Why are Britain’s roads melting and its rails buckling in the heat?  |  infrastructure

Why are Britain’s roads melting and its rails buckling in the heat? | infrastructure

Extreme temperatures have caused widespread problems and disruption on UK railways as trains run at slow speeds and main lines are closed. Airport runways and some roads have also shown that they can be vulnerable to heat.


Steel rails expand when it’s hot and tend to buckle – no matter what the climate. According to Network Rail, the world’s railways are designed to operate within a 45°C range, depending on local conditions. In the UK, steel rails are ‘tempered’ to summer temperatures of 27°C, while rails in countries with hotter climates are tempered to higher temperatures.

Sleepers and ballast must hold rails in place throughout the UK winter and summer. When the temperature reaches 40°C, splints can reach 60°C and expand and bend. A train moving fast over rails can accelerate this process from frictional heat and could be more vulnerable if it buckled – hence the widespread speed restrictions.

The overhead lines on electrified routes also expand and sag when it is hot and contract when it is cold. Engineers have solutions where the tension is automatically relieved by a pulley system. But eventually the counterweights hit the ground and the cables sagged — making it more likely they became tangled in a pantograph, the device on top of the train that draws power from the lines.


Highways and strategic roads are being built with modified asphalt surfaces that — so far — should not begin to melt and are resilient above 60°C, or an equivalent air temperature of 40°C, according to National Highways. However, basic asphalt materials used on local roads – the vast majority – can begin to soften at temperatures of 50°C. At this point, Prof. Xiangming Zhou, head of the Department of Civil and Environmental Engineering at Brunel University, says, “The road can get soft and slippery, and cars can have a hard time braking.” in freezing weather, on standby to cover roads with sand and dust. Tarmac and tarmac are cheaper and less abrasive on tires than some materials, he says, but because they’re black they tend to heat up faster in the scorching sun.

Around 4% of Britain’s roads are built from concrete, which is more popular abroad for motorways and motorways and can be more resilient, but is not immune to extreme temperature problems, as demonstrated by the closure of the A14. The dual carriageway near Cambridge had been built with tarmac over old concrete slabs, which expanded and buckled in the heat, creating a bump enough to cause the road to be closed overnight for emergency repairs.

Rick Green of the Asphalt Industry Alliance says that a road that can withstand all temperatures presents “a significant challenge for designers”. At extremely high temperatures, “the surface does not melt, but the bitumen it contains can soften”, “increasing the risk of deformation”.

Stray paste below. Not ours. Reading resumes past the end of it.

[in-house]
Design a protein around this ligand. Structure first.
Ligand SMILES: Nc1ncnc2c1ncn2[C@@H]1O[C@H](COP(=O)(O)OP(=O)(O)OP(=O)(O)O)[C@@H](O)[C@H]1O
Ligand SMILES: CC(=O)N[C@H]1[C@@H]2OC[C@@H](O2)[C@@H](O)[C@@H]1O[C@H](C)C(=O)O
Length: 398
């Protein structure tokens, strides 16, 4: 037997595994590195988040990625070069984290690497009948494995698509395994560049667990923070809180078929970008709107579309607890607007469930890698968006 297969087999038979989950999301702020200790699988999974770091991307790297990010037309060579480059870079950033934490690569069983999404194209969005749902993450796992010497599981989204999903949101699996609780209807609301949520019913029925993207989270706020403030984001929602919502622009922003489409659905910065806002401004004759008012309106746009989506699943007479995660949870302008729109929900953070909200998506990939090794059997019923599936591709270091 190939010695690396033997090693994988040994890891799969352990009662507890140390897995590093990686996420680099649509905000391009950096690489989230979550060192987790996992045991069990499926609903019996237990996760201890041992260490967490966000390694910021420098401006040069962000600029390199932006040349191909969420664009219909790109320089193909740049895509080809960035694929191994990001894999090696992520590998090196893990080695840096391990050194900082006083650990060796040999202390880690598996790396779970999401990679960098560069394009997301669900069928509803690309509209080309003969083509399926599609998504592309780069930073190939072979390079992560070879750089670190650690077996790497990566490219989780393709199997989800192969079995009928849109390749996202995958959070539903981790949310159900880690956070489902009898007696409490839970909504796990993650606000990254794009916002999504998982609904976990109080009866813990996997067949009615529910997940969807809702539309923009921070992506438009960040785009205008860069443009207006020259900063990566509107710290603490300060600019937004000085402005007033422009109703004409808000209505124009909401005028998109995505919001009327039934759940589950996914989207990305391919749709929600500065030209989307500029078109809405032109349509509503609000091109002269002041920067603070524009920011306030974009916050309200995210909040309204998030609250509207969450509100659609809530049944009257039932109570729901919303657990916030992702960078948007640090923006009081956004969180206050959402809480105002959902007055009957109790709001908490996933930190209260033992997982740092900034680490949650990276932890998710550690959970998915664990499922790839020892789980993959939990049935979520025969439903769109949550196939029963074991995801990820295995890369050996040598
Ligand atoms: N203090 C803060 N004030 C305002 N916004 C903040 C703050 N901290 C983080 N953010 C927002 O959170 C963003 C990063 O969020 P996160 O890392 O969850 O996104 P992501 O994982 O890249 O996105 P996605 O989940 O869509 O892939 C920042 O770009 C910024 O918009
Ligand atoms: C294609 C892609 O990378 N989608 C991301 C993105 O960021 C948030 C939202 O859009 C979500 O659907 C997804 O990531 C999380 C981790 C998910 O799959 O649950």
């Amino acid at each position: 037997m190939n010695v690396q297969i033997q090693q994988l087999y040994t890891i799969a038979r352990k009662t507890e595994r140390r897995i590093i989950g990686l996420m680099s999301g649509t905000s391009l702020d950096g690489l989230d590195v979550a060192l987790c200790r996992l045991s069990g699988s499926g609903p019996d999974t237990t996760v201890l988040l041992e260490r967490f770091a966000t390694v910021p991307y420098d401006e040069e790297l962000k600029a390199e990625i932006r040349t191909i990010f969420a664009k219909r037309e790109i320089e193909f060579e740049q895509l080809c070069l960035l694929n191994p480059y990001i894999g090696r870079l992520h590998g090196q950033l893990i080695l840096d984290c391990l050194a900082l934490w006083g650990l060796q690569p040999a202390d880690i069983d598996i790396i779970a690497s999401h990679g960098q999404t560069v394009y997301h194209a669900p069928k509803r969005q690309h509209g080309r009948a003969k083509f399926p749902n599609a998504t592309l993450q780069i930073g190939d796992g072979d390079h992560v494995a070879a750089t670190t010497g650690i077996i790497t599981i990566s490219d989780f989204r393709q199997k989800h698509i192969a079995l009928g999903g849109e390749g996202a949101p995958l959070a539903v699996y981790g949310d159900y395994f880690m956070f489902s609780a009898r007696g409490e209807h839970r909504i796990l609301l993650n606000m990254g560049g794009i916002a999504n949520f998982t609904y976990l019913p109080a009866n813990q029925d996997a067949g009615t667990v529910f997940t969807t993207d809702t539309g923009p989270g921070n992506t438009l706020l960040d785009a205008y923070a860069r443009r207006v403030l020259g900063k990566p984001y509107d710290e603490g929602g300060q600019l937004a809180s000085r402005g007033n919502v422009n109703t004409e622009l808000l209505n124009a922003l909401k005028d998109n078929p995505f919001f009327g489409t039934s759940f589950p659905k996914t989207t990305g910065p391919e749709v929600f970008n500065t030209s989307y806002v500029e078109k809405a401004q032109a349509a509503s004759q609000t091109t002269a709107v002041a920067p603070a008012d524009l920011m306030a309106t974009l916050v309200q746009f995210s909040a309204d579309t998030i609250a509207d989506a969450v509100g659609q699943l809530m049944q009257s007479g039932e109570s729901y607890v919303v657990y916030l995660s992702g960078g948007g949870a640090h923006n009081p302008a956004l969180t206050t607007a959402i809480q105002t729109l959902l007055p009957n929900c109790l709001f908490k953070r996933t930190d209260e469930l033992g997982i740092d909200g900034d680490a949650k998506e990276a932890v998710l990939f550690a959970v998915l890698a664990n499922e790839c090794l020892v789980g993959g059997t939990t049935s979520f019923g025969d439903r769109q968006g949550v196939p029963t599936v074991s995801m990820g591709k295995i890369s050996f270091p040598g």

Airport runways

Again, some may be concrete — but Luton’s asphalt was the problem when temperatures soared into the mid-30s, Zhou says. In the airport’s words, “high surface temperatures caused a small section to rise” – a crease in the runway that engineers repaired in hours, but which still caused major disruption to passengers. While local roads are often shaded by trees and houses, runways are fully exposed and subject to further heat stress from aircraft landing and taking off. Repairs and maintenance are frequent.

Heathrow, which was even hotter than Luton on Monday, also had a runway problem last week when overnight repair work was not completed in time for the planes to land. However, it has two runways and has not had to cease operations.

so what is the solution?

Network Rail already spends hundreds of millions of pounds a year on climate action. However, most of this is designed to counteract erosion or damage from precipitation or storms. Future infrastructure could be designed for a warmer climate – but then it could be more prone to failure and cracking in cold winter weather when rails shrink. Some track materials, like concrete sleepers, are more resilient over a wider range of temperatures and conditions – and significantly more expensive.

Rails are already painted white at critical points to counteract heat. Countries with extreme weather do much more extensive seasonal adjustments to track them, which is time-consuming and costly. Air conditioning was not a standard feature on older trains that still ran. Resilience is becoming an economic and political choice – and it may be that a few days of heating outage per year is preferable to the bill for changes.

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